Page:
Airline seats!


To call a first class flat bed a suite is an exaggeration of mythical proportions. Long ago when the loud planes head flat beds
for their long hauls, these were called berths. A suite at a hotel is a
room with a private bath and living area, at least. So to call a seat on a plane that can go flat a suite ( with or without a sliding door) is a flat out ( no pun intended) lie. I think the airlines should reinstate the word berth. It sounds classy, elegant and above all, true.



Berth (as it applies to passenger accommodations): a built-in bed or bunk
Suite: A set of things belonging together.

Per Seatguru, “Suites: These seats offer the utmost in privacy and comfort. Each suite is essentially its own mini-cabin which includes a fully-flat bed, work station and television.”

A lie-flat bed does not necessarily make a seat a suite.

The FAA, per FAR 25.785 (below), recognizes that there is a difference between a seat and a berth.

There are berths on airliners. These are used by the crew for breaks on long-distance flights.

Seats, berths, safety belts, and harnesses.

(a) A seat (or berth for a nonambulant person) must be provided for each occupant who has reached his or her second birthday.
(b) Each seat, berth, safety belt, harness, and adjacent part of the airplane at each station designated as occupiable during takeoff and landing must be designed so that a person making proper use of these facilities will not suffer serious injury in an emergency landing as a result of the inertia forces specified in Secs. 25.561 and 25.562.
© Each seat or berth must be approved.
(d) Each occupant of a seat that makes more than an 18° angle with the vertical plane containing the airplane centerline must be protected from head injury by a safety belt and an energy absorbing rest that will support the arms, shoulders, head, and spine, or by a safety belt and shoulder harness that will prevent the head from contacting any injurious object. Each occupant of any other seat must be protected from the head injury by a safety belt and, as appropriate to the type, location, and angle of facing of each seat, by one or more of the following:
(1) A shoulder harness that will prevent the head from contacting any injurious object.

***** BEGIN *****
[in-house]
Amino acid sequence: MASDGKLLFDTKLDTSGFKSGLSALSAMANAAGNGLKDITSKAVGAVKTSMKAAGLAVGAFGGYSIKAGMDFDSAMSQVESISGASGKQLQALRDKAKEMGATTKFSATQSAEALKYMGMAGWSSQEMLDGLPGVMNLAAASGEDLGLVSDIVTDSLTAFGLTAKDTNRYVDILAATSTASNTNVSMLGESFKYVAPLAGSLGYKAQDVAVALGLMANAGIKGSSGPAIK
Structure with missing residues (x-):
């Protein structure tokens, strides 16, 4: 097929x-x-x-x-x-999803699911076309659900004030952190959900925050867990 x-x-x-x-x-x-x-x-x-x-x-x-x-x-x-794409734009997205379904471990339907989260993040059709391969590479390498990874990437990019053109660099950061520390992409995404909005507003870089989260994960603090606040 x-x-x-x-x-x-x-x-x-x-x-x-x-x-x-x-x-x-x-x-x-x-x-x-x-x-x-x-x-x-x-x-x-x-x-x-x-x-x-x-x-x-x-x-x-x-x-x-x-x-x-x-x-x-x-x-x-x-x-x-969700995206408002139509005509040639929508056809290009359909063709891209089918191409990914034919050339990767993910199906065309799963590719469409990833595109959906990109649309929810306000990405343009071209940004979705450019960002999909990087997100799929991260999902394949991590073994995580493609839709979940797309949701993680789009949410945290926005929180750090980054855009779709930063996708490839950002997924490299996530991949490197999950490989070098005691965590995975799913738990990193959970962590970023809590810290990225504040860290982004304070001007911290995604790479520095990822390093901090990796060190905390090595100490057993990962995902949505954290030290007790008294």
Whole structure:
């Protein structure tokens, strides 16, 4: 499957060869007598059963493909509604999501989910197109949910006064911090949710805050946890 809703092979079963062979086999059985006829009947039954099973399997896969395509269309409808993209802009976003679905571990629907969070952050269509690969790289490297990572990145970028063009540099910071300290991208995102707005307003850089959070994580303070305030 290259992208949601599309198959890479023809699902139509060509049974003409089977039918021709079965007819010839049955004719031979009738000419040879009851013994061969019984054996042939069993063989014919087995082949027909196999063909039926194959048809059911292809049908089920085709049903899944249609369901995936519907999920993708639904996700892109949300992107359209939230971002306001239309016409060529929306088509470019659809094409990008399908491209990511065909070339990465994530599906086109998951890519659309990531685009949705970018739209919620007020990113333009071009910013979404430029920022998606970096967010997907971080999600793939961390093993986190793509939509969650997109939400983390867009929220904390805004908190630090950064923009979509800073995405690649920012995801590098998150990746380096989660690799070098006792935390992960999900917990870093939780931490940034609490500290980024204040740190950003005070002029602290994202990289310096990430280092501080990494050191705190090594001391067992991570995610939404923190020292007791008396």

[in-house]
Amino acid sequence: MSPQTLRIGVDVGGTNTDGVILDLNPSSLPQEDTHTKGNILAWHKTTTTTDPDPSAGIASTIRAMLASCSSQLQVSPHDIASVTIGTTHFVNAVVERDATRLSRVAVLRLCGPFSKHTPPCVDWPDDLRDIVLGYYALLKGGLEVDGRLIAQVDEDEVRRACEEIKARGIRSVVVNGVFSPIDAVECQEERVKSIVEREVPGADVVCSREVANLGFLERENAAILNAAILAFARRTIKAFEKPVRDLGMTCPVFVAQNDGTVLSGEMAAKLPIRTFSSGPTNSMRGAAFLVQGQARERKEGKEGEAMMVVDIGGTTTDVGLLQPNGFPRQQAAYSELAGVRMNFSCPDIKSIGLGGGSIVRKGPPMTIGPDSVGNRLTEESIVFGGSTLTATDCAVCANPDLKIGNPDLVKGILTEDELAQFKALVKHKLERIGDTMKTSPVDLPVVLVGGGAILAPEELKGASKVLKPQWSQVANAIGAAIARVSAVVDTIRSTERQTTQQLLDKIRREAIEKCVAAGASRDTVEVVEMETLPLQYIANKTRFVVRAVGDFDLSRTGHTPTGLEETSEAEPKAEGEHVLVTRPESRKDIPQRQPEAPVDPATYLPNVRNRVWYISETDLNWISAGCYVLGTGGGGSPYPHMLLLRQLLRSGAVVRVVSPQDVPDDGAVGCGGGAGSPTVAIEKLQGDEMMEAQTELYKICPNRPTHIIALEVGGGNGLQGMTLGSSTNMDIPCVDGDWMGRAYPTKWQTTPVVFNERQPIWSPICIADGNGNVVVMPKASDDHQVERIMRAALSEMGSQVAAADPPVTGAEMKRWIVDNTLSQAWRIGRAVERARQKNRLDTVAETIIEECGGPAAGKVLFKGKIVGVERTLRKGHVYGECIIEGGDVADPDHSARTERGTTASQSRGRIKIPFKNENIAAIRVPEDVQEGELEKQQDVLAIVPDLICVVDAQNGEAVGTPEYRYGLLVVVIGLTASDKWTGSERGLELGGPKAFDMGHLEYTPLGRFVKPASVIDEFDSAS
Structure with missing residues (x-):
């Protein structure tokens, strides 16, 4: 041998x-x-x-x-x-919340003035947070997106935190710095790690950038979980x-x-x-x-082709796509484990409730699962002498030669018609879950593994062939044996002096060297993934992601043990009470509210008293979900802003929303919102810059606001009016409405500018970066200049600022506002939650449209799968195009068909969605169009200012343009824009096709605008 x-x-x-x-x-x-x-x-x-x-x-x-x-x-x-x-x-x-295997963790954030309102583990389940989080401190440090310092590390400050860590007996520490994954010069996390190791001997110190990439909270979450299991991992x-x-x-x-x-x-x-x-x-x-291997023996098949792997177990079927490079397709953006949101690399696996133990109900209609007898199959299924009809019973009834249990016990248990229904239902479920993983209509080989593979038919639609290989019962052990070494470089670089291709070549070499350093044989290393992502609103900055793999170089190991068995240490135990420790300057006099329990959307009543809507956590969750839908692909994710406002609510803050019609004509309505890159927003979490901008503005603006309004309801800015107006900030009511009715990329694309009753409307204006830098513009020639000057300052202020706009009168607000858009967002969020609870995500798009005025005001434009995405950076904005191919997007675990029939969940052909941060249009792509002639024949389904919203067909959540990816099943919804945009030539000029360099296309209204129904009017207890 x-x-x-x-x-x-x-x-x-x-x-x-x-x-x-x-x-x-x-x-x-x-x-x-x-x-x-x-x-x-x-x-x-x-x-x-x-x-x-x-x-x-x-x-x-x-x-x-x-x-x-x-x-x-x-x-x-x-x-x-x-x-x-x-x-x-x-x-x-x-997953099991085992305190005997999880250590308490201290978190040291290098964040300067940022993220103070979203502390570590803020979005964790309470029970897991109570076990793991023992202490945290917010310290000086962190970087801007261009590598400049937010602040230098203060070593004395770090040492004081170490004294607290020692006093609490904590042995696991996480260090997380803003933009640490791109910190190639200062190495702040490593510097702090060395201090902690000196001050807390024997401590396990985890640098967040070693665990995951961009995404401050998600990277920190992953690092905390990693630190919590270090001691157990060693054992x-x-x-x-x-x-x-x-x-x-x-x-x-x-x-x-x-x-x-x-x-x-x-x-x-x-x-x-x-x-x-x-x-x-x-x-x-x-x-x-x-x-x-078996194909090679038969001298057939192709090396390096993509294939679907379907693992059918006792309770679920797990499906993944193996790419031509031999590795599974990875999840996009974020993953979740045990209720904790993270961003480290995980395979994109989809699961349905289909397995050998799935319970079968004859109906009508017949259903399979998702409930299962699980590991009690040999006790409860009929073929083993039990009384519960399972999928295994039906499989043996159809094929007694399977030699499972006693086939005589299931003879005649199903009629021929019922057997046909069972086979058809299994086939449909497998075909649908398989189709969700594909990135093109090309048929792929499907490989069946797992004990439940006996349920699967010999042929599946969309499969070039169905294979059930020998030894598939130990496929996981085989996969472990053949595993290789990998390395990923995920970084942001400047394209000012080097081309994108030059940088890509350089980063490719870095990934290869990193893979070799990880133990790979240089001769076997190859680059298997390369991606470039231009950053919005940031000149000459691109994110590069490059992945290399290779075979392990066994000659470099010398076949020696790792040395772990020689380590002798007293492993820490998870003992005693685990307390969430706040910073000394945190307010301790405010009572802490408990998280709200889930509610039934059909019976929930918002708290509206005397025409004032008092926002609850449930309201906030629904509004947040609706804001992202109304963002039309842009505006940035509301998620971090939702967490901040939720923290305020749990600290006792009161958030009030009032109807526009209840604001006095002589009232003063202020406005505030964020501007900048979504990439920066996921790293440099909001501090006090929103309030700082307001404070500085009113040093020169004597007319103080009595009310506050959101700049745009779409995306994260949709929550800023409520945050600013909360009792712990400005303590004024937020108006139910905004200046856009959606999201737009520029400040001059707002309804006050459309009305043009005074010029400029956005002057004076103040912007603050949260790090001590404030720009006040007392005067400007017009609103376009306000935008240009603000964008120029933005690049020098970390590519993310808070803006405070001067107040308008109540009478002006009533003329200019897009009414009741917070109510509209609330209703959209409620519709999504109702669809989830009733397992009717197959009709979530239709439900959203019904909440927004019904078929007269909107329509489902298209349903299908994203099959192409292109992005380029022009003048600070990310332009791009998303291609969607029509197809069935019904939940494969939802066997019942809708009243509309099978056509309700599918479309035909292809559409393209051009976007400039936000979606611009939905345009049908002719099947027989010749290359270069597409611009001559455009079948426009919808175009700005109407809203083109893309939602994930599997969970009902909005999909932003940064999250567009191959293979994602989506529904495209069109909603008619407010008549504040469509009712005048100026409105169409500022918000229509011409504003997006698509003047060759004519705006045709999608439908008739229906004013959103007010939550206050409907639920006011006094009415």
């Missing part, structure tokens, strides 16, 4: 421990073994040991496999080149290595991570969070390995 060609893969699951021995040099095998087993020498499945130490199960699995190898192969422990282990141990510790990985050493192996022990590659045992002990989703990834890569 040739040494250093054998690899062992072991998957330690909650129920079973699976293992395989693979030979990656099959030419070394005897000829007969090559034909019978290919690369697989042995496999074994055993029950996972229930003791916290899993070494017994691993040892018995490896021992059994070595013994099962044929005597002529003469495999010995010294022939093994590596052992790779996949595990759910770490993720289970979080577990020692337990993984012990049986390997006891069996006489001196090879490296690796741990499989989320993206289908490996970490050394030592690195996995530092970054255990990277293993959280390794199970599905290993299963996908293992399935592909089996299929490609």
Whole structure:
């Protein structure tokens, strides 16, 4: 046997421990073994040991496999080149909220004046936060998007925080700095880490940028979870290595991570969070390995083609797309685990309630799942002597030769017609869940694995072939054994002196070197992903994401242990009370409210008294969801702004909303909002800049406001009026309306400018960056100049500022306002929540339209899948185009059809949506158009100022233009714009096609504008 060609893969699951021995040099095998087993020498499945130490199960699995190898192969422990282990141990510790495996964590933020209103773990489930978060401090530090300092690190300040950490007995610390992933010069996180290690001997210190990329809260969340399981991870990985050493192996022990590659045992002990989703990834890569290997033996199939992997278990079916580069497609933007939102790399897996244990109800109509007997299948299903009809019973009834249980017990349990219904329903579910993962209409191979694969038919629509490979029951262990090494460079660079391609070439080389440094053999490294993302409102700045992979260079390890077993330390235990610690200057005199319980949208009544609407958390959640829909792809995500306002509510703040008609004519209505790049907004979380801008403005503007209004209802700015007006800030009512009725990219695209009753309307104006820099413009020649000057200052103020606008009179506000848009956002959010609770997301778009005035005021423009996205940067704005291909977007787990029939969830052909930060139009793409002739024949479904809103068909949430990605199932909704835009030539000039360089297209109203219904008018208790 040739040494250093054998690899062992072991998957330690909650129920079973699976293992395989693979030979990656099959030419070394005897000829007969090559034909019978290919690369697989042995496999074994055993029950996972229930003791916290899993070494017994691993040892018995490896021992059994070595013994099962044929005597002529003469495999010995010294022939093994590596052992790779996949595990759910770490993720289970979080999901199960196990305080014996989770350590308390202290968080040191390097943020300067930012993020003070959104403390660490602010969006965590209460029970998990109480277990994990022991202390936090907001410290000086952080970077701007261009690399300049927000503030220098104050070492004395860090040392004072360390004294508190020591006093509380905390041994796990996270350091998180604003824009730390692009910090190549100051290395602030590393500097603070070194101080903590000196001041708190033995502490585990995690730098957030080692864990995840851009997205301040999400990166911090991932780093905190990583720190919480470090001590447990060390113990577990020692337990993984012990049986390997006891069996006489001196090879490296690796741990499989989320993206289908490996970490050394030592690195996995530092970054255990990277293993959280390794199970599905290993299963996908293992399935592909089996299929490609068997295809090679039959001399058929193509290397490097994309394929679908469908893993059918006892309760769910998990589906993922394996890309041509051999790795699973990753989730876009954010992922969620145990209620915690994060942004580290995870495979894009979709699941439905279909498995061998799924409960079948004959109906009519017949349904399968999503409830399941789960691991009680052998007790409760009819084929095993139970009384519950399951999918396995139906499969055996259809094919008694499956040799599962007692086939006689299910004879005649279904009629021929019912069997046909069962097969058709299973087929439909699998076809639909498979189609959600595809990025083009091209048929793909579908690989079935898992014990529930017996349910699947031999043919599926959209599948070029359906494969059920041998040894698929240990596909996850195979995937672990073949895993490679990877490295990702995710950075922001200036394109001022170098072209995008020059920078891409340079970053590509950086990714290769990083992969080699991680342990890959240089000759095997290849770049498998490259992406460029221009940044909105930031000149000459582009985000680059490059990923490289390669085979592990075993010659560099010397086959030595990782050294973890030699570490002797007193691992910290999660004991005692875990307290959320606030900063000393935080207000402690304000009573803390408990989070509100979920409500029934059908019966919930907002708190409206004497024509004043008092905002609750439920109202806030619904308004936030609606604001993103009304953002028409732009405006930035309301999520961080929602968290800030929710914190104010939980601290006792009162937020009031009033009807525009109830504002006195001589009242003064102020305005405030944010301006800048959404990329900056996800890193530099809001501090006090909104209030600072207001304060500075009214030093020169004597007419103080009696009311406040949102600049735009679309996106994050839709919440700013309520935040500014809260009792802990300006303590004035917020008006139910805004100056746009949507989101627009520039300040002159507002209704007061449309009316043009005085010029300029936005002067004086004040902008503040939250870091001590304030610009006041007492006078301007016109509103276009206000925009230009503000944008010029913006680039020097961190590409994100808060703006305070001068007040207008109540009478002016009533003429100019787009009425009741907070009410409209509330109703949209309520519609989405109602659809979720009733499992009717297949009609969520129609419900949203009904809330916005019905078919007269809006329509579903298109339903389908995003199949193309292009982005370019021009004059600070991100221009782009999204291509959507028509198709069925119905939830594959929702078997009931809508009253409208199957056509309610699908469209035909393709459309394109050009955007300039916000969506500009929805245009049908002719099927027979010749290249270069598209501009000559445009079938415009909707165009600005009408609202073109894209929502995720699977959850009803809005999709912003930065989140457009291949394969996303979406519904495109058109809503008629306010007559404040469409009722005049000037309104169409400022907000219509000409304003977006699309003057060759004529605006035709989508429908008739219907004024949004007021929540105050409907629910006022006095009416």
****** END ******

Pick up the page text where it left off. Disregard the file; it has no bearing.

(2) The elimination of any injurious object within striking radius of the head.
(3) An energy absorbing rest that will support the arms, shoulders, head, and spine.
(e) Each berth must be designed so that the forward part has a padded end board, canvas diaphragm, or equivalent means, that can withstand the static load reaction of the occupant when subjected to the forward inertia force specified in Sec. 25.561. Berths must be free from corners and protuberances likely to cause injury to a person occupying the berth during emergency conditions.
(f) Each seat or berth, and its supporting structure, and each safety belt or harness and its anchorage must be designed for an occupant weight of 170 pounds, considering the maximum load factors, inertia forces, and reactions among the occupant seat, safety belt, and harness for each relevant flight and ground load condition (including the emergency landing conditions prescribed in Sec. 25.561). In addition–
(1) The structural analysis and testing of the seats, berths, and their supporting structures may be determined by assuming that the critical load in the forward, sideward, downward, upward, and rearward directions (as determined from the prescribed flight, ground, and emergency landing conditions) acts separately or using selected combinations of loads if the required strength in each specified direction is substantiated. The forward load factor need not be applied to safety belts for berths.
(2) Each pilot seat must be designed for the reactions resulting from the application of the pilot forces prescribed in Sec. 25.395.